Bundesbank cuts rates to save ERM: German central bank chief attacks speculators as quarter-point cut eases tension and boosts sterling

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The Independent Online
THE BUNDESBANK yesterday bowed to intense international pressure and cut its key interest rates earlier than expected amid mounting fears that the European exchange rate mechanism (ERM) was on the brink of collapse.

The German central bank's decision stabilised sterling and then lifted it sharply against the mark. By the London close, the pound gained more than three pfennigs to finish at DM2.3910. The bounce in sterling relieves fears that its recent weakness might provoke a rise in interest rates.

In the Commons, the Chancellor grudgingly welcomed the Bundesbank move, saying that it could have come earlier. He warned speculators against further attacks on the pound. The markets should remember, he said, that interest rates could go up as well as down.

Tensions, meanwhile, eased in the ERM, lifting the Danish krone off its floor and strengthening the French franc, widely regarded as next in the firing line after the attack on the Danish currency.

Helmut Schlesinger, the Bundesbank President, announced that the key discount rate would be cut by a quarter point to 8 per cent, though the less important Lombard rate was reduced by half a point to 9 per cent.

He expressed the hope that 'currency speculation will now cease' after five European central banks attempted to defend the krone before the Bundesbank move. He decribed the continuing assaults on the ERM as 'an unfriendly domino game in which speculators knock down one currency after another'.

Bundesbank watchers were surprised by the decision to put international considerations first. Germany's independent central bank had earlier set out several domestic preconditions before rates would be cut.

These included low wage settlements, and a 'solidarity pact' between government, opposition, unions and employers, embracing both low wages deals and curbs on public spending.

Mr Schlesinger had difficulty in explaining what looked like a climbdown. 'There are signs of hope on the wages front, and signs of hope on the money supply, but it is only hope. This is not the real reason for our decision,' he said. The Bundesbank President added that the problems of German wages and public spending did not allow further movement in interest rates for the time being. That was taken as a signal that once progress is made on those fronts, more rate cuts could follow.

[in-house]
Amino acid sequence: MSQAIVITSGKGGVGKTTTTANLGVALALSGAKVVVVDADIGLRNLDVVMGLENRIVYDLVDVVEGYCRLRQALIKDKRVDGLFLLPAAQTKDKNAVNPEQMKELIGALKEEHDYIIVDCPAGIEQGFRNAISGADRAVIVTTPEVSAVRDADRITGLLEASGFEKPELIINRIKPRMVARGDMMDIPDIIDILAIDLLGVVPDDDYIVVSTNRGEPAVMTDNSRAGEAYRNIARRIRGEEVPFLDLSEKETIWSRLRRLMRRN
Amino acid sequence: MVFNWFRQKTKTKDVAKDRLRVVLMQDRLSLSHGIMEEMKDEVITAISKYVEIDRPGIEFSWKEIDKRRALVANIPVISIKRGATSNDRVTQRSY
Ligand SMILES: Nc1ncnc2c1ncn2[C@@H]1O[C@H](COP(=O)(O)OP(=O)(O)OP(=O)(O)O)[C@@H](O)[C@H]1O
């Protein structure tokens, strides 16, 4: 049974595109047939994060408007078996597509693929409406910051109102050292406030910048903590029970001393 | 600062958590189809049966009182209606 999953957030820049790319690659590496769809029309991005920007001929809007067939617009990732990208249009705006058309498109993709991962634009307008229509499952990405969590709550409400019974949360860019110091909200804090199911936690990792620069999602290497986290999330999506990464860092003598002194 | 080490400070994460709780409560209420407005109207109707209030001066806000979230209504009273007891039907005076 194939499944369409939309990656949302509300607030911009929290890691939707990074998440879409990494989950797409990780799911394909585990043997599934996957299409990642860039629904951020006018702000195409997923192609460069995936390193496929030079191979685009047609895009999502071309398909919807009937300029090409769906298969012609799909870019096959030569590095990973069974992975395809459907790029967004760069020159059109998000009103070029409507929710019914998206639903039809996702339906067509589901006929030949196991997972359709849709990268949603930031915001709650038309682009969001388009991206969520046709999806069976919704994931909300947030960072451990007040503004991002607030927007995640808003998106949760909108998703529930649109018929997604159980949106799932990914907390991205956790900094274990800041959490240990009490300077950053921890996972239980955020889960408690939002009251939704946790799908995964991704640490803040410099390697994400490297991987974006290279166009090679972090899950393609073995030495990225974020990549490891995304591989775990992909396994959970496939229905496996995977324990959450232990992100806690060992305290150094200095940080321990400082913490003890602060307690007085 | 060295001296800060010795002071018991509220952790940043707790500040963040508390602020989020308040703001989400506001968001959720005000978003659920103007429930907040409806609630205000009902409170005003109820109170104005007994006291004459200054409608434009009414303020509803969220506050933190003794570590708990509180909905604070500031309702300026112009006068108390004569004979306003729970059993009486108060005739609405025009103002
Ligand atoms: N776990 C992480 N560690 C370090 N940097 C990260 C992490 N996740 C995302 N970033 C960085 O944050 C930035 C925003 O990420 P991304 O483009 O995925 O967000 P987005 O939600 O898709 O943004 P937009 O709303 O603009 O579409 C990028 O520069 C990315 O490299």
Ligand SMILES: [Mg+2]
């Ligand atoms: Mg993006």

The German Interior Minister, Rudolf Seiters, who had been leading wage negotiations with the public-sector unions, yesterday expressed optimism that agreement was in sight. Last night the employers' initial offer of 2.25 per cent was raised to 3 per cent and the unions settled.

Although alarm at the depth of the recession has been growing among Bundesbank central council members, hardliners have been resisting pressure for a key interest rate cut until there are clear signs of improvement on the inflation front. Inflation in western Germany reached a peak this month of 4.4 per cent.

In Germany, the Bundesbank's decision drew criticism. The Federation of German Chambers of Commerce said it reduced the chances of price stability, and accused the bank of having given in to political pressure.

British shares hit a new record before the announcement was made but fell back afterwards. In the equity markets, the quarter- point cut was seen as too grudging to permit a significant drop in

European rates, and as limiting the scope for a further British

reduction.

After hitting a record 2900.1, the FT-SE 100 Index closed 7.9 points down, at 2865.9. City economists doubted that the Bundesbank decision would protect the ERM from renewed assault for long, especially if further reductions in German rates were slow in coming.

Amid fresh signs of economic strength in the US, the Dow Jones industrial average closed on a record high, up 43 points at 3417.

The OECD suggested yesterday that Britain may have to raise taxes or cut spending by as much as pounds 10bn and warned that British education was failing the needs of the economy Page 22

Unions agree pay rise, page 10

ERM lifeline, page 22

Hamish McRae, page 23

View from City Road, page 25

(Photograph omitted)

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